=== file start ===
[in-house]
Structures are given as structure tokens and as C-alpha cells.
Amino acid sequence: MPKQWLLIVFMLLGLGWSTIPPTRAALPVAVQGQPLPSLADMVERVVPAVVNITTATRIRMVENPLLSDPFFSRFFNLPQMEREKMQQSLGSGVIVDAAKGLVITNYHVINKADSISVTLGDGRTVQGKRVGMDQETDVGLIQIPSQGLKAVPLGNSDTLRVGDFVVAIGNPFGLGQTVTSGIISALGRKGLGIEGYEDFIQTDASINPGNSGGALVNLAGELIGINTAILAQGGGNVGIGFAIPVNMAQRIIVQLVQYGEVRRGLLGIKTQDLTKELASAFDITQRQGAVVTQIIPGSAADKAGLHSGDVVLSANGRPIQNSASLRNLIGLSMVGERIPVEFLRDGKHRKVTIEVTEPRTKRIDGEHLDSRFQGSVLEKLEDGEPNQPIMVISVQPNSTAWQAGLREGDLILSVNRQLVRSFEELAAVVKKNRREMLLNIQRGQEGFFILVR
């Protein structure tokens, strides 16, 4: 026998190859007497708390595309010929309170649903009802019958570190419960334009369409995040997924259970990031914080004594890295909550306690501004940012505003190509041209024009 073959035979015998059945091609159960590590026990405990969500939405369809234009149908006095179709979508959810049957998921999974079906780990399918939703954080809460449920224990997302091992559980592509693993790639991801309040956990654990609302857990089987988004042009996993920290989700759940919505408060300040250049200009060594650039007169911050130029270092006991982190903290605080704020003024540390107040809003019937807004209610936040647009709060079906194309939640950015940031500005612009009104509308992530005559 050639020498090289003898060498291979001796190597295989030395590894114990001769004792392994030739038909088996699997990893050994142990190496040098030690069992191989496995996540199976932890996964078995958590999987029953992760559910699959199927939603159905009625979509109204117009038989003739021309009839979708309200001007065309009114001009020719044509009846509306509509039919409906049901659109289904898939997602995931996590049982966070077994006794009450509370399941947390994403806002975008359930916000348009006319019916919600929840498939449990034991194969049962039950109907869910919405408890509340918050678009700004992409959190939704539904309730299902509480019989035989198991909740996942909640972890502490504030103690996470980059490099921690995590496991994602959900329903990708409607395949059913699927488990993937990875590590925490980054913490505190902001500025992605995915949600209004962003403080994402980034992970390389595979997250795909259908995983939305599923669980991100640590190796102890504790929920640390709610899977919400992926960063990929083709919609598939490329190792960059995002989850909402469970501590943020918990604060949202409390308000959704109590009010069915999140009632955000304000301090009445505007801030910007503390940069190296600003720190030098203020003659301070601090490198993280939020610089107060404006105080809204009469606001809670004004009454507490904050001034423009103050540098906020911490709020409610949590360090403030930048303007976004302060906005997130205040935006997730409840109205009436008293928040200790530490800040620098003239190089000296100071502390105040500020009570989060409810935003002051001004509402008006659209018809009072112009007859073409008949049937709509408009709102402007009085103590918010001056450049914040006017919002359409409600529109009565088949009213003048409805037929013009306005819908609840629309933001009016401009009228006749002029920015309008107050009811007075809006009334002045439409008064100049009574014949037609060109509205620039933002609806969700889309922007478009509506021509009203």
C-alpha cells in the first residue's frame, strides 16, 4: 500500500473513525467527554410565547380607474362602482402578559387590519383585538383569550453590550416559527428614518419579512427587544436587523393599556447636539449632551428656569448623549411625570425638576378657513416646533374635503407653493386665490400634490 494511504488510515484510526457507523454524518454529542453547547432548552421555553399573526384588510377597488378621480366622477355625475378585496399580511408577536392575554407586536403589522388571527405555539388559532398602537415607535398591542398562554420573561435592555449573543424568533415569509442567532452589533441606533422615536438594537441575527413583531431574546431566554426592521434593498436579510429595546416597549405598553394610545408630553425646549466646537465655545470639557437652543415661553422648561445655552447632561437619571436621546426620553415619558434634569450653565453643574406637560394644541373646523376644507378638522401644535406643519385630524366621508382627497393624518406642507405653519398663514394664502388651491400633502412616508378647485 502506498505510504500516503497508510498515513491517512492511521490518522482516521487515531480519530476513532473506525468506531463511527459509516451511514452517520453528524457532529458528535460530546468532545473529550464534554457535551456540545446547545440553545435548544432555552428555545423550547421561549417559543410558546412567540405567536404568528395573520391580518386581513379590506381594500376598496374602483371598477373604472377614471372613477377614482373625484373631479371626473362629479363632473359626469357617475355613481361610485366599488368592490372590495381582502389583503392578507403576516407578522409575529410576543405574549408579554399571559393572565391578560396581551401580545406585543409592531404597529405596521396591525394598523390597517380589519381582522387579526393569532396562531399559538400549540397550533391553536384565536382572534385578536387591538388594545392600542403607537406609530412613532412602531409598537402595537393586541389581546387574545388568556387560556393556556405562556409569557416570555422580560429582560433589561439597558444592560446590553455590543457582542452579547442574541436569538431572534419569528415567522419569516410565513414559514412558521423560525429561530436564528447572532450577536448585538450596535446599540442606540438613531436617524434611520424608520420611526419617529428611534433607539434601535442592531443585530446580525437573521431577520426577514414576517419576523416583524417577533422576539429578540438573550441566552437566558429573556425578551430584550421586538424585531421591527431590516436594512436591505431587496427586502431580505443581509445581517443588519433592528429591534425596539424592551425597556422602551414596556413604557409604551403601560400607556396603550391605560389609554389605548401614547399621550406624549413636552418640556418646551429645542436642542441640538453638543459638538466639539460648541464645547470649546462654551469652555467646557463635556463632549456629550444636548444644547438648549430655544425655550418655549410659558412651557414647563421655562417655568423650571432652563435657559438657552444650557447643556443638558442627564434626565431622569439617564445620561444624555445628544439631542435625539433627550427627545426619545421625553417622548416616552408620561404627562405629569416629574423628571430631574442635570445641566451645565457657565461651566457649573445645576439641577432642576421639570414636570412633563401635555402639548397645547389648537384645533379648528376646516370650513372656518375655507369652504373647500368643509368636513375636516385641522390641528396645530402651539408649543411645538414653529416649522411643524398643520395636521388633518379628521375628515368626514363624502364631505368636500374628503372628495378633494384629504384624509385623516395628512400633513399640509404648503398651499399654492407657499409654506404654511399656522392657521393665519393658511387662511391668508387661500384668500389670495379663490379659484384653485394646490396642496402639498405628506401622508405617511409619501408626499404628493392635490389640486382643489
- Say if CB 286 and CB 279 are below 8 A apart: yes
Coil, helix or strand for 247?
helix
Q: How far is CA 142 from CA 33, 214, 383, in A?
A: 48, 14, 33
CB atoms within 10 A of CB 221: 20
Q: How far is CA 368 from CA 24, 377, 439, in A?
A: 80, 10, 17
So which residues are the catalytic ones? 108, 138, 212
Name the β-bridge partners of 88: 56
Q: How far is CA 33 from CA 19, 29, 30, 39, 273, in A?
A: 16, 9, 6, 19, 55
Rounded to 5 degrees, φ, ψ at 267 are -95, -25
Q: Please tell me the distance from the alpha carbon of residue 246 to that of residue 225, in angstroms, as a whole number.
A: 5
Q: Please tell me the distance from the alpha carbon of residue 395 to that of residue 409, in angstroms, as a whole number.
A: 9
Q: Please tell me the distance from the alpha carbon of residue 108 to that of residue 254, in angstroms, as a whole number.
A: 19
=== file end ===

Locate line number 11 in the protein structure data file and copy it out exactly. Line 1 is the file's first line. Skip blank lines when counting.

CB atoms within 10 A of CB 221: 20